The themes of brotherhood and loyalty seem to be the strongest in the whole tale. Throughout, people are serving and being served. It is only when the flow of that give and take is interrupted that anything is wrong in this world.
Primarily, the camaraderie among fellow warriors is celebrated. The very purpose of Heorot is as a venue to celebrate that fellowship, and it’s importance is shown very early on; the text goes “For [Hrothgar] in time it came to pass, early, through the men, that it was fully furnished, the best of royal halls” (76-78). Not only does the plot begin in earnest with Heorot, we are even given details of its origin.
Once the hall is in use, a key custom of these celebrations also emphasizes the bonds amongst these warriors: the pouring of the mead. In Beowulf, “Wealhtheow came forth, Hrothgar’s queen, mindful of etiquette, greeted, gold-adorned, the men in the hall and then the noble lady gave out full cups, first to the East-Danes’ homeland-guardian, bade him be blithe at the partaking of beer; beloved by the people” (612-18). Not only is Queen Wealhtheow showing hospitality in this–itself intertwined with notions of brotherhood–the warriors embrace it in their own participation.
It appears in Beowulf that an important part of being a warrior is loyalty to your commanding king as well as to your comrades. Beowulf definitely starts his interactions with the Danes on the right foot, showing respect and deference. He says, “Beowulf is my name; I wish to proclaim to the son of Healfdane–that famed sovereign–my errand to your lord, if he wishes to grant us that we, the virtuous one, might greet him” (344-47). It is also worth noting that Beowulf had gotten the permission of his own king before going to assist King Hrothgar; and, of course, he will have followers of his own such as Wiglaf when he himself is king.
Beowulf’s willingness to confront the dragon despite his age also shows his dedication to his fellow men. This is now in terms of fellow Geatish countrymen rather than fellow soldiers, but the quality remains the same. Even in considering the golden treasure he is defending, he seems to forget the material enough to consider its significance. The text states “Theirs was both together in the nation, inherited land, earth by ancestral privilege […] (2196-98).” This points directly to the Norse culture where material possessions were tightly bound with personal relationships.
Lastly of all, there is special emphasis on loyalty to a much greater Lord. Right off the bat it is clear that Grendel and his Mother are the “kin of Cain” (107) and are irrevocably evil, so of course their enemy Beowulf is on the side of God and righteousness. In showing Beowulf in this way, his piety then reflects on his loyalty to his faith and as a further connection to those who fight with him–his fellow believers.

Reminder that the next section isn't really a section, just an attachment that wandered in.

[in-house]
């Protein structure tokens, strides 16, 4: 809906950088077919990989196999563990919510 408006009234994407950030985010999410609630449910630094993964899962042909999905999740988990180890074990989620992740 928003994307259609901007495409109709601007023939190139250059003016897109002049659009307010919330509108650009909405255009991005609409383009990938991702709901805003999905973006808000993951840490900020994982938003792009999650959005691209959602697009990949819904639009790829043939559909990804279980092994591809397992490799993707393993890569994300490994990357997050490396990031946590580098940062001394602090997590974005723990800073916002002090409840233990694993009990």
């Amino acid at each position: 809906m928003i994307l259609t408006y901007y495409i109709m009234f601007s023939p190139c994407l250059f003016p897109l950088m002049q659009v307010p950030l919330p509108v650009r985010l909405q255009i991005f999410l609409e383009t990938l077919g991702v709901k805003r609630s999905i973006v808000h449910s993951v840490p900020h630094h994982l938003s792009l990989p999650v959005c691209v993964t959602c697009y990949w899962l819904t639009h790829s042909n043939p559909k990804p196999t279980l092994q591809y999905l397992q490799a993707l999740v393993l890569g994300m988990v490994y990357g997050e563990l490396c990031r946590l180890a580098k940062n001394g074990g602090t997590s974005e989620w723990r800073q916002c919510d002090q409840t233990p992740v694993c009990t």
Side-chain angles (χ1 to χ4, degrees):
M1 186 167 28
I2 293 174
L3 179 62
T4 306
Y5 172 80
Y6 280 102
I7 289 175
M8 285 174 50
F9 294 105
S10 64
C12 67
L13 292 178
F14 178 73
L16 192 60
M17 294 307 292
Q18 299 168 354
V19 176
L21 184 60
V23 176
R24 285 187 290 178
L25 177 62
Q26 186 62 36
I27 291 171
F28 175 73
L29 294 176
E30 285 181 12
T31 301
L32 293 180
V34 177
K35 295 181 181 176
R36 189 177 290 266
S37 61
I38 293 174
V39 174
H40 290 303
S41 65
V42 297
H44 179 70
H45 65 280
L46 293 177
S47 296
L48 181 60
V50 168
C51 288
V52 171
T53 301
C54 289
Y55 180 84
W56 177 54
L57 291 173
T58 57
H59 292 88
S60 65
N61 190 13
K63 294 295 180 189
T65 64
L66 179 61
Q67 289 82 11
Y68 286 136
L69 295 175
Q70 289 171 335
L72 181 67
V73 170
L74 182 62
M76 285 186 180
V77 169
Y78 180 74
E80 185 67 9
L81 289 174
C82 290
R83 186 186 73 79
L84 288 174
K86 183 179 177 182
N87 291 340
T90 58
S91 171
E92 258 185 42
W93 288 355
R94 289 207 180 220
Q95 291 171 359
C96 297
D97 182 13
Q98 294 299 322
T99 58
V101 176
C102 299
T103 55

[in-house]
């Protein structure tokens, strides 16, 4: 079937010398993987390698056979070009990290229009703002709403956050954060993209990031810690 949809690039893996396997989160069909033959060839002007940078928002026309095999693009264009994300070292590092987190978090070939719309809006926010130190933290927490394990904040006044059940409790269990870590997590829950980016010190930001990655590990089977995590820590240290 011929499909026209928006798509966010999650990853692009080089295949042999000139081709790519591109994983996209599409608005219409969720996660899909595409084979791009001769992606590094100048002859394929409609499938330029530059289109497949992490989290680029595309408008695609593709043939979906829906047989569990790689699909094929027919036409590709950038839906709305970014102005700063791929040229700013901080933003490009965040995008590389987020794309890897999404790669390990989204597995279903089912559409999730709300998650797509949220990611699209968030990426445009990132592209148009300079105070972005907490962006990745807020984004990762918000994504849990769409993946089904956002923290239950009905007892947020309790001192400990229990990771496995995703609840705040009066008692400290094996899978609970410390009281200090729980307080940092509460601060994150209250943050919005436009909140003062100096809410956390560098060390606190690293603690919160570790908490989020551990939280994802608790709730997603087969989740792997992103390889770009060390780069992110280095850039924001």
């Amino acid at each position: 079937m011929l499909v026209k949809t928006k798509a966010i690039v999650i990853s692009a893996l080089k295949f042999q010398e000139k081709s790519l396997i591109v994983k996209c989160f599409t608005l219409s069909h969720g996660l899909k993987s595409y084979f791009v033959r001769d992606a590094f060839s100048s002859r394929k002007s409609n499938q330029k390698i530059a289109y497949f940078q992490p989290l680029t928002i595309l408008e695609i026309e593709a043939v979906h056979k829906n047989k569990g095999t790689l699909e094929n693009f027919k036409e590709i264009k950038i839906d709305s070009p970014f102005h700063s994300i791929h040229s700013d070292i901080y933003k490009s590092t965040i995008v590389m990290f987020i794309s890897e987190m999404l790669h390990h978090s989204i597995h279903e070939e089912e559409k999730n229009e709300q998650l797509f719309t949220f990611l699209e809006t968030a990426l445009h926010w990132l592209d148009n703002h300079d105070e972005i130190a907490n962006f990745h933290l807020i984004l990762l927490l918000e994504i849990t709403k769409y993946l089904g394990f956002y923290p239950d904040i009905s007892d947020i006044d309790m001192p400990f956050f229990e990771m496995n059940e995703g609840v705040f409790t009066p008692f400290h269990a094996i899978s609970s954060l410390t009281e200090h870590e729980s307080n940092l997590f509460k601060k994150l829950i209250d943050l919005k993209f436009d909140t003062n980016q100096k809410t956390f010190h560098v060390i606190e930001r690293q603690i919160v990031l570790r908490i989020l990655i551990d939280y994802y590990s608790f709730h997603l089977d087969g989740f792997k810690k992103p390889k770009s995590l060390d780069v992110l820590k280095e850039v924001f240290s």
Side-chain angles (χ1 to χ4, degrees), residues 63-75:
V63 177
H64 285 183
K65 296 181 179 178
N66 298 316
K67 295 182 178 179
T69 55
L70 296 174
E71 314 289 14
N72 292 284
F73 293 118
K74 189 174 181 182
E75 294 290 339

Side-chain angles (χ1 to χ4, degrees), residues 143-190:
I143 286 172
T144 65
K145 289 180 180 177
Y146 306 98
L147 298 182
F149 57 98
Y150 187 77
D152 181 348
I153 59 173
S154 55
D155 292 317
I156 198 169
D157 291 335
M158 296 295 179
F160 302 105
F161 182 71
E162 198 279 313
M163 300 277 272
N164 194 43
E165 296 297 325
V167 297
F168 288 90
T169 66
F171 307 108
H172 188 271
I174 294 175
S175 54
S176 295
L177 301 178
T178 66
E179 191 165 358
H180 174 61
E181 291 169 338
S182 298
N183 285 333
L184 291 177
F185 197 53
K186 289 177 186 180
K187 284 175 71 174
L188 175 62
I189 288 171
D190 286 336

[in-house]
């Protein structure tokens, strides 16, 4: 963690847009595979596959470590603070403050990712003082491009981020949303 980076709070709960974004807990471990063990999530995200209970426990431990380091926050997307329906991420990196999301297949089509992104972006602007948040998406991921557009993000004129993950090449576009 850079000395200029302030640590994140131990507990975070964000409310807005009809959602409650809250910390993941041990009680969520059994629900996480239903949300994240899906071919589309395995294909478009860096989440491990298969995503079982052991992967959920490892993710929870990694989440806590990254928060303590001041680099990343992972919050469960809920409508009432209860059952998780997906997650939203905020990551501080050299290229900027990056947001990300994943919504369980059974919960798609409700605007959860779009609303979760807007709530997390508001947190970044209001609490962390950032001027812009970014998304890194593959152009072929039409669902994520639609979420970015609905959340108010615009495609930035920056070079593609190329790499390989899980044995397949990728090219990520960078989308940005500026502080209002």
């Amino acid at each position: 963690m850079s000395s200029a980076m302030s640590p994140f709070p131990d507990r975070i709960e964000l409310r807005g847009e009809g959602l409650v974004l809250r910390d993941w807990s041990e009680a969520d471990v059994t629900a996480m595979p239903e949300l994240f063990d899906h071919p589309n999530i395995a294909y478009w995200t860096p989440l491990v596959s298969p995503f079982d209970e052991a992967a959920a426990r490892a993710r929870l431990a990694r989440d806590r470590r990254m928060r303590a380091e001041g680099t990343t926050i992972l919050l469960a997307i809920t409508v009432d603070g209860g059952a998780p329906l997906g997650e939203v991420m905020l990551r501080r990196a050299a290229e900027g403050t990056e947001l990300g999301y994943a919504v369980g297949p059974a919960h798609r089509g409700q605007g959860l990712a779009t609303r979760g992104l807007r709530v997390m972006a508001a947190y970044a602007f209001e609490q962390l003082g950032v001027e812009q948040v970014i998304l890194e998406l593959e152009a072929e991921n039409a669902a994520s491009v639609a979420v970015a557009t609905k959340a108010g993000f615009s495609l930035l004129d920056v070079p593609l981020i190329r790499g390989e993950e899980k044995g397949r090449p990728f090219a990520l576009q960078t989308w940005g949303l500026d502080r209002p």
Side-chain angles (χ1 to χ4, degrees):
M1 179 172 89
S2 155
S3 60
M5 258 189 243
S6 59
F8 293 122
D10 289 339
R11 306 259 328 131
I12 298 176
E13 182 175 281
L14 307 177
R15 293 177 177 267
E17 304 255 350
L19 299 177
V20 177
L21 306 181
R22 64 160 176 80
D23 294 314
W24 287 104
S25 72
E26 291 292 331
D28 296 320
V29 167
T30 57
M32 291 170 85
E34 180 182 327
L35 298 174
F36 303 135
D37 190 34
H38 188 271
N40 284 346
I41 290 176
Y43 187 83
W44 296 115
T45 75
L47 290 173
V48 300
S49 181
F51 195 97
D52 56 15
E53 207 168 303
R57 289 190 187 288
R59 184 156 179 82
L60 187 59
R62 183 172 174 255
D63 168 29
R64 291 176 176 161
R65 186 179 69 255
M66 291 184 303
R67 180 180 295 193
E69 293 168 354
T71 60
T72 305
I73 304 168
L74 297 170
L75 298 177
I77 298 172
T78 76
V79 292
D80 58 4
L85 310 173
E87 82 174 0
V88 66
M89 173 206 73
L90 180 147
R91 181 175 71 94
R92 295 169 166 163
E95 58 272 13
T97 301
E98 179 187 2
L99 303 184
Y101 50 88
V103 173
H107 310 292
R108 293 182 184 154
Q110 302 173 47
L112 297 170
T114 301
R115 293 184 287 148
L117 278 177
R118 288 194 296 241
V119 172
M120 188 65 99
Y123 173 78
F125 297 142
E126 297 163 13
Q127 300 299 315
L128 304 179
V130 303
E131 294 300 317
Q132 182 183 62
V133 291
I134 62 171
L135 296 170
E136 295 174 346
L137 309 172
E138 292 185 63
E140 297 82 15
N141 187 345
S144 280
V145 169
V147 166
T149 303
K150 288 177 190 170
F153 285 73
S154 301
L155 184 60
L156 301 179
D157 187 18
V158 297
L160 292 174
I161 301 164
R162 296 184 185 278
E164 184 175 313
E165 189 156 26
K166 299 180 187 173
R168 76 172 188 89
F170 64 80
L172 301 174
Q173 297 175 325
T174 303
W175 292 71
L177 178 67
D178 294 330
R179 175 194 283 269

And of course, more than anything else, Beowulf’s devotion is shown through his final monologue. He says, “I for these riches to the Lord of All. thanks to the Glory-King, say by words to the eternal Lord, which I look on here, that I was able for my people before my death-day to gain such riches, now I for the old hoard of treasures have paid with my old span of life” (2794-2800). This particular passage has the benefit of recalling his devotion to his fellow Geats as well as to God.
A fine example of both the religion and of the other beautiful objects that bound these people together is the Lindisfarne Gospels–on display at the British Library–with its famous illuminations. In any Christian society at the time, the Lindisfarne Gospels would have been valued not only for their status as a sacred text, but also as a quality manuscript. This would absolutely not have been an item for an average person for different reasons. Primarily, it was in Latin–the language of religion and education rather than the vernacular (tiny English translations were later added in the margins. Also, manuscripts took a lot of work, from turning animal hide into parchment to the painstaking work of the scribes. As a major cultural artwork as well as a sacred text, it only goes to show how these various elements of family, country, faith, culture, and duty were so deeply connected.
Learn more about the Lindisfarne Gospels here.